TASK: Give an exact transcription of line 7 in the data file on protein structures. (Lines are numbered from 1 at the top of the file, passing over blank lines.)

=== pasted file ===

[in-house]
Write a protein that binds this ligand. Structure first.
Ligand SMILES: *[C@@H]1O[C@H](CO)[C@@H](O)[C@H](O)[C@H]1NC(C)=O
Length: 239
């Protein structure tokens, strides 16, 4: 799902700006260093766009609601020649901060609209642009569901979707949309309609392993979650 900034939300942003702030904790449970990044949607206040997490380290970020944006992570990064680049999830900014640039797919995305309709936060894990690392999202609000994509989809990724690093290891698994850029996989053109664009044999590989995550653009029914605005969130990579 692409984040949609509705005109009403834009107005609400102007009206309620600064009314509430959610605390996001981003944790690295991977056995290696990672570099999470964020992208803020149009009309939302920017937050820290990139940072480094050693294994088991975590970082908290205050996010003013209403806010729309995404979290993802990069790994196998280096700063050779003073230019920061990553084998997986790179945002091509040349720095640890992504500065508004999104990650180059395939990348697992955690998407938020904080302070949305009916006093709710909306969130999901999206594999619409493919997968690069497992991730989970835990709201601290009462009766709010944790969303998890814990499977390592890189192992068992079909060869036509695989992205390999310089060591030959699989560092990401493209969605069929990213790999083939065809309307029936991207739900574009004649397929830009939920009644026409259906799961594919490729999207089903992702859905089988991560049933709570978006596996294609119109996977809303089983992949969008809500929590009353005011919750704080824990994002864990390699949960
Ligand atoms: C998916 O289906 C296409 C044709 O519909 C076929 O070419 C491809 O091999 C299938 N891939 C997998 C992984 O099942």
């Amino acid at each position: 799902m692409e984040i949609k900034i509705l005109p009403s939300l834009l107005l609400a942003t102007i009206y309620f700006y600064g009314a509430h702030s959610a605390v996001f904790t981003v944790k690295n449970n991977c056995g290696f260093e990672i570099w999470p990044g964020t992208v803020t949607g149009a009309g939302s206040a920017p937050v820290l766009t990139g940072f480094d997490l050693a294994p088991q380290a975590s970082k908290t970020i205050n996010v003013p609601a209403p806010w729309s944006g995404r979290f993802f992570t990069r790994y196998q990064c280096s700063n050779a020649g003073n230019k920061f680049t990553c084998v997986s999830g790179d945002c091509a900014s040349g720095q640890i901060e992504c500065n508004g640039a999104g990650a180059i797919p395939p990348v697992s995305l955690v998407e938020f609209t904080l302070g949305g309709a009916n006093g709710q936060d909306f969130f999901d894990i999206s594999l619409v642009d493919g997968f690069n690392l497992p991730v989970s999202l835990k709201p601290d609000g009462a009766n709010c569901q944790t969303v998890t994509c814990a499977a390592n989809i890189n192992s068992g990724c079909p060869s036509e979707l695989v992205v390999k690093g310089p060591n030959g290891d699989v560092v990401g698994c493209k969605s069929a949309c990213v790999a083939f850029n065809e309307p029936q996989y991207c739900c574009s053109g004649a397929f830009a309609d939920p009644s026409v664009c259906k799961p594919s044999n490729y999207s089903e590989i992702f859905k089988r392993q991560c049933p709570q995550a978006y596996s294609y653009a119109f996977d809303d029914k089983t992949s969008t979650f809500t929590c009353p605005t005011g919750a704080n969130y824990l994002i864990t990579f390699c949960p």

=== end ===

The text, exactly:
């Amino acid at each position: 799902m692409e984040i949609k900034i509705l005109p009403s939300l834009l107005l609400a942003t102007i009206y309620f700006y600064g009314a509430h702030s959610a605390v996001f904790t981003v944790k690295n449970n991977c056995g290696f260093e990672i570099w999470p990044g964020t992208v803020t949607g149009a009309g939302s206040a920017p937050v820290l766009t990139g940072f480094d997490l050693a294994p088991q380290a975590s970082k908290t970020i205050n996010v003013p609601a209403p806010w729309s944006g995404r979290f993802f992570t990069r790994y196998q990064c280096s700063n050779a020649g003073n230019k920061f680049t990553c084998v997986s999830g790179d945002c091509a900014s040349g720095q640890i901060e992504c500065n508004g640039a999104g990650a180059i797919p395939p990348v697992s995305l955690v998407e938020f609209t904080l302070g949305g309709a009916n006093g709710q936060d909306f969130f999901d894990i999206s594999l619409v642009d493919g997968f690069n690392l497992p991730v989970s999202l835990k709201p601290d609000g009462a009766n709010c569901q944790t969303v998890t994509c814990a499977a390592n989809i890189n192992s068992g990724c079909p060869s036509e979707l695989v992205v390999k690093g310089p060591n030959g290891d699989v560092v990401g698994c493209k969605s069929a949309c990213v790999a083939f850029n065809e309307p029936q996989y991207c739900c574009s053109g004649a397929f830009a309609d939920p009644s026409v664009c259906k799961p594919s044999n490729y999207s089903e590989i992702f859905k089988r392993q991560c049933p709570q995550a978006y596996s294609y653009a119109f996977d809303d029914k089983t992949s969008t979650f809500t929590c009353p605005t005011g919750a704080n969130y824990l994002i864990t990579f390699c949960p």